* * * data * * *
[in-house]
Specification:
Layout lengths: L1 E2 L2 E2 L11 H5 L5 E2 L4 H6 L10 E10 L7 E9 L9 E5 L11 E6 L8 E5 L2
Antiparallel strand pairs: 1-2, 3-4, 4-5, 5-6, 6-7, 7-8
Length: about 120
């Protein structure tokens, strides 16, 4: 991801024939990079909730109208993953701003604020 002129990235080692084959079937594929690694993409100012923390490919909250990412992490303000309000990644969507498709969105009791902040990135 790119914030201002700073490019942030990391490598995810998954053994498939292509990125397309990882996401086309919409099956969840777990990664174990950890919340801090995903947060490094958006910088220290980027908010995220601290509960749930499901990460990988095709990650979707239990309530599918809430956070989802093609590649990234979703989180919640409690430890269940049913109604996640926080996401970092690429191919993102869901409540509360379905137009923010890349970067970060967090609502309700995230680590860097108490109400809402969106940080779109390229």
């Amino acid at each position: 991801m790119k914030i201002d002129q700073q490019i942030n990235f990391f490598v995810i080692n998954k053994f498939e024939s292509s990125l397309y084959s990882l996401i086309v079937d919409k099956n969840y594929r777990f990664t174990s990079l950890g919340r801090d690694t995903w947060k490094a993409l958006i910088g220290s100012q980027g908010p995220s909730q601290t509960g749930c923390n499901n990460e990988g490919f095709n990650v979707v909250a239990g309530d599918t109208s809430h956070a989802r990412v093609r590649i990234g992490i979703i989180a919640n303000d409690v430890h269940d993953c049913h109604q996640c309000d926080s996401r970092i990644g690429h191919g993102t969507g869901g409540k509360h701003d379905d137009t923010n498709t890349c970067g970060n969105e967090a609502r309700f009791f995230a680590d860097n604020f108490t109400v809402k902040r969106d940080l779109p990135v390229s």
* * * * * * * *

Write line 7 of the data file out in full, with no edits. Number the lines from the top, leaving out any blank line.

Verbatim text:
């Amino acid at each position: 991801m790119k914030i201002d002129q700073q490019i942030n990235f990391f490598v995810i080692n998954k053994f498939e024939s292509s990125l397309y084959s990882l996401i086309v079937d919409k099956n969840y594929r777990f990664t174990s990079l950890g919340r801090d690694t995903w947060k490094a993409l958006i910088g220290s100012q980027g908010p995220s909730q601290t509960g749930c923390n499901n990460e990988g490919f095709n990650v979707v909250a239990g309530d599918t109208s809430h956070a989802r990412v093609r590649i990234g992490i979703i989180a919640n303000d409690v430890h269940d993953c049913h109604q996640c309000d926080s996401r970092i990644g690429h191919g993102t969507g869901g409540k509360h701003d379905d137009t923010n498709t890349c970067g970060n969105e967090a609502r309700f009791f995230a680590d860097n604020f108490t109400v809402k902040r969106d940080l779109p990135v390229s």